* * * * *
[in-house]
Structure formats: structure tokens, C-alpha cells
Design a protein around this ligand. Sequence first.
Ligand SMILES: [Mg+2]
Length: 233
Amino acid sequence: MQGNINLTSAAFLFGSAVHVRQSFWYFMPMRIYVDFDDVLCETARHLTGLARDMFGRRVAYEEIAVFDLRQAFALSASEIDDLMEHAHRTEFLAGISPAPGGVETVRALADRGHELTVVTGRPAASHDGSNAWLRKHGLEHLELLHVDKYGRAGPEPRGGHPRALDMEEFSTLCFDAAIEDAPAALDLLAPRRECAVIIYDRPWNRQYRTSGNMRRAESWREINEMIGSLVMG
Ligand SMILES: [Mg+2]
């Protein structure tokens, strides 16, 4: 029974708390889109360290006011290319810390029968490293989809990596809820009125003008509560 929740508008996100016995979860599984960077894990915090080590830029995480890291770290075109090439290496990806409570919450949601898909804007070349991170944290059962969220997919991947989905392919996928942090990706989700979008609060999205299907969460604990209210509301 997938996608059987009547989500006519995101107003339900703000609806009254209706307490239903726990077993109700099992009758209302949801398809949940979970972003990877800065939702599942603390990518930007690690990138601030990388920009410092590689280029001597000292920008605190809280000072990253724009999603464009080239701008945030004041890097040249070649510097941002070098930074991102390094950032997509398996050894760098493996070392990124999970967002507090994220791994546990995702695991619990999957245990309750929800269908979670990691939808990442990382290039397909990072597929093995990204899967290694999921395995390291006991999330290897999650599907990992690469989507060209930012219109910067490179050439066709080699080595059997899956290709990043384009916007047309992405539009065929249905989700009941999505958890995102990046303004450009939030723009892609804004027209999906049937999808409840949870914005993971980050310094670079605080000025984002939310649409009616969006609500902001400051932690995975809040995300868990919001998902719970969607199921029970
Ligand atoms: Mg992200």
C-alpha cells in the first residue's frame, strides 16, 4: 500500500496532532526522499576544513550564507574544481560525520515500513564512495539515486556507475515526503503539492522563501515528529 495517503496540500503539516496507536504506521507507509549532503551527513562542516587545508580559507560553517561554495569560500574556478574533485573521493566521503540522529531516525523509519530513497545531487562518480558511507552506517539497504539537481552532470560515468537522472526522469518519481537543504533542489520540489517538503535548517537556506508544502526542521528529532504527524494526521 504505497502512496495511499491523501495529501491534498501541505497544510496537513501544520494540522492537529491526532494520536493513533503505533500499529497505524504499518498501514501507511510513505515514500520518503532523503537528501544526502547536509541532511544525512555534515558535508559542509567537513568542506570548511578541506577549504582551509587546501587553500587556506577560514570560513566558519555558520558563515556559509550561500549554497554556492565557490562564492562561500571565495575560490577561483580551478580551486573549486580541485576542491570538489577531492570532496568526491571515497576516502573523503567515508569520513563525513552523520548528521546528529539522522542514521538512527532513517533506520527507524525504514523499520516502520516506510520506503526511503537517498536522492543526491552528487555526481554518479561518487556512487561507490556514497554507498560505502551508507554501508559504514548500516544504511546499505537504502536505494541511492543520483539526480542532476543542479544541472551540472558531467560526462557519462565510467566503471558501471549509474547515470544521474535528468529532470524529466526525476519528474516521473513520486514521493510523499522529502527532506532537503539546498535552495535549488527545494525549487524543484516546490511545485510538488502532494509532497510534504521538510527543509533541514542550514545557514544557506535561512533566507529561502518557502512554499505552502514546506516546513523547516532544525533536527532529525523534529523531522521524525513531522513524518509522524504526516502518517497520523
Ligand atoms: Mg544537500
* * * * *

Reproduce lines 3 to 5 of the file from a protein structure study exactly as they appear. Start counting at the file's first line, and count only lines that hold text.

Design a protein around this ligand. Sequence first.
Ligand SMILES: [Mg+2]
Length: 233